Review with more advanced disease. 38 It is unclear whether this is because of provider bias or patient preference. Radiation therapy Decreased rates of breast reconstruction among patients with more aggressive disease may be confounded by factors related to cancer stage, such as the likelihood that the patient will require radiation therapy after mastectomy.1 In a population-based study involving women in Sacramento, California, the need for radiation therapy was strongly associated with decreased odds of breast reconstruction.22 Physician-related factors The use of breast reconstruction after mastectomy can be affected by factors related to the referring physician, including practice setting and physician attitude. Physician characteristics and practice setting In a cross-sectional survey involving 1844 patients identified between 2001 and 2003, Alderman and colleagues39 found that only 33% of patients recalled discussing breast reconstruction with their general surgeons during the surgical decision-making process. The authors also surveyed general surgeons who performed breast cancer surgeries for this cohort of patients and found that general surgeons with high rates of referral for breast reconstruction were most likely to be women, have higher volumes of breast surgery and work in cancer centres.37 Other registry studies in the US have also reported higher rates of breast reconstruction in cancer centres, as well as in urban centres with higher volumes of breast oncology surgeries.12,20,22,23,27,37 and a greater concentration of surgeons performing reconstructive surgery. Knowledge and attitudes General surgeons with high rates of referral for breast reconstruction and those with low rates of referral have been reported to have different attitudes and perceptions about women’s preferences for reconstruction.37 Surgeons with low referral rates were more likely than those with high rates to identify barriers to access to reconstruction in their practice.37 In 2002, Wanzel and colleagues performed a needs assessment of referring physicians to understand the reasons for the low rates of breast reconstruction in Canada.40 They found that 35.2% of general surgeons, 31.1% of oncologists and 45.3% of family physicians felt that inadequate knowledge about breast reconstruction negatively influenced their decisions to refer patients to plastic surgeons.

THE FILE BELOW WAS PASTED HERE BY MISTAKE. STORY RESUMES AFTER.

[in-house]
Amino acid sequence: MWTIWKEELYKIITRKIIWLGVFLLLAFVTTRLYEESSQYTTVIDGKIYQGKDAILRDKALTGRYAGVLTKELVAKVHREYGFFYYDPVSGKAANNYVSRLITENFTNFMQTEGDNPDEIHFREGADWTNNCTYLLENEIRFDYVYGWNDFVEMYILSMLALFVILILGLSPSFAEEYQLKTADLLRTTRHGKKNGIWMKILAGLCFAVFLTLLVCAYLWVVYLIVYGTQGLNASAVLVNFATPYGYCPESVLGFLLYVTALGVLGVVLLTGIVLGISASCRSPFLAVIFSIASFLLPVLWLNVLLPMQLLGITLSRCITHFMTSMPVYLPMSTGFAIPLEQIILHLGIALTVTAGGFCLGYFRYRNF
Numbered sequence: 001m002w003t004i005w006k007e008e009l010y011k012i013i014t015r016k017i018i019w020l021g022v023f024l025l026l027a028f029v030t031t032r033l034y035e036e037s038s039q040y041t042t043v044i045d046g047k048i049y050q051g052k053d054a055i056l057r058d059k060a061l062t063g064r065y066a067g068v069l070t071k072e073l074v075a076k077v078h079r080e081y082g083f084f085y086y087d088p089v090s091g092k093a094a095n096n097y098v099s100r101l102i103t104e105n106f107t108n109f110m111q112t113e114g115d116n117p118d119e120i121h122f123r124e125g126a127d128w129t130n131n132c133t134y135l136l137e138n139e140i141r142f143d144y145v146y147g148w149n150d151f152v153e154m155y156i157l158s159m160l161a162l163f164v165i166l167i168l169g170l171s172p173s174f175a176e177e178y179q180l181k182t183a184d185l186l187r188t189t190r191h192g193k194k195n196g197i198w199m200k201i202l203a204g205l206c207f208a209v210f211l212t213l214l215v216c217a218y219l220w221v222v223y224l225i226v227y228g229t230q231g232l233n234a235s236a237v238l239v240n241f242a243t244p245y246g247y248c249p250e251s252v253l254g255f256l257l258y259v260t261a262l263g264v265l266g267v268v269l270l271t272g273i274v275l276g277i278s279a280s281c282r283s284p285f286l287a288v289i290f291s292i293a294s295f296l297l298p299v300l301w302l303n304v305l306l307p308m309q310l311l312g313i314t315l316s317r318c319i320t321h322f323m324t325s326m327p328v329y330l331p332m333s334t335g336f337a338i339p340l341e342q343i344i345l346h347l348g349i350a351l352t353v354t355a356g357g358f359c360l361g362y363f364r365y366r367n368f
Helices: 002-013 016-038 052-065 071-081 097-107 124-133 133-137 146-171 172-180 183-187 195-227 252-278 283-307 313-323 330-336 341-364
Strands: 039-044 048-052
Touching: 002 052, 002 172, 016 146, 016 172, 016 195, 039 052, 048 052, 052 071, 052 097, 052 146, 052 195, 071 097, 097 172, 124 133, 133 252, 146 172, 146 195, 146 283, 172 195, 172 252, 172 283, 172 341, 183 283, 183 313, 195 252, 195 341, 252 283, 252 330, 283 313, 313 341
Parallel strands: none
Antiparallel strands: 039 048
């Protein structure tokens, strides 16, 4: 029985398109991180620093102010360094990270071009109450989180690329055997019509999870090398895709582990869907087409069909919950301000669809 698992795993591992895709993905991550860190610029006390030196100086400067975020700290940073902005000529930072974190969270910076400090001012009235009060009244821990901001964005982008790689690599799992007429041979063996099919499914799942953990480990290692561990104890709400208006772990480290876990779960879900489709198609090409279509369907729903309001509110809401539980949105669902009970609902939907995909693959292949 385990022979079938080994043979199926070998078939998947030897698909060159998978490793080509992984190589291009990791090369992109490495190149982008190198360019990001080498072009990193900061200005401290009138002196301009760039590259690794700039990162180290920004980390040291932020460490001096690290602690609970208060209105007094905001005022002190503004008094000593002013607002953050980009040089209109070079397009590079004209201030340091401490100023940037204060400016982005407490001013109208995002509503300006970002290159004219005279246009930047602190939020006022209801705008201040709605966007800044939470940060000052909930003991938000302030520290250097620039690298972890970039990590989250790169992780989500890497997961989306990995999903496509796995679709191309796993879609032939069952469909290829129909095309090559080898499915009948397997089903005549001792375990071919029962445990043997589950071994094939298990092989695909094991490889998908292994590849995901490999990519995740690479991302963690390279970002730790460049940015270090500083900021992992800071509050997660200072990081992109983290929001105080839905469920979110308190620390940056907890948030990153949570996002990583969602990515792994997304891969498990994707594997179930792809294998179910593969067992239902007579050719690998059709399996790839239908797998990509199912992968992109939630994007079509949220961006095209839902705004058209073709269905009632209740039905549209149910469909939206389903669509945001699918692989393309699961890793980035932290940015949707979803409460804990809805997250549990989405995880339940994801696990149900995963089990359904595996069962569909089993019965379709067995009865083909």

What is the role of immediate breast reconstruction in the treatment of early stage breast cancer? Immediate reconstruction (at the same time as mastectomy) offers the benefits of breast reconstruction on body image and quality of life with little interruption. 41,42 In the past, immediate breast reconstruction was an unpopular concept because of concerns that the surgical resection or detection of local recurrence could be compromised.43 This has not been found in practice, and these concerns are no longer barriers to immediate reconstruction.7,8,41,42 Box 1 presents a comparison of immediate and delayed reconstruction (any time after mastectomy) in terms of clinical and psychosocial advantages and disadvantages. For women who have the option of breastconserving therapy or mastectomy, the selection of mastectomy with reconstruction may be preferred by those who want to avoid radiation and the stigmata associated with having a mastectomy defect.12 Because of the recommendations by the Commission on Cancer of the American College of Surgeons in 2001 to incorporate immediate reconstruction in the treatment of Box 1: Comparison of immediate and delayed breast reconstruction1,2,10,11 Immediate breast reconstruction •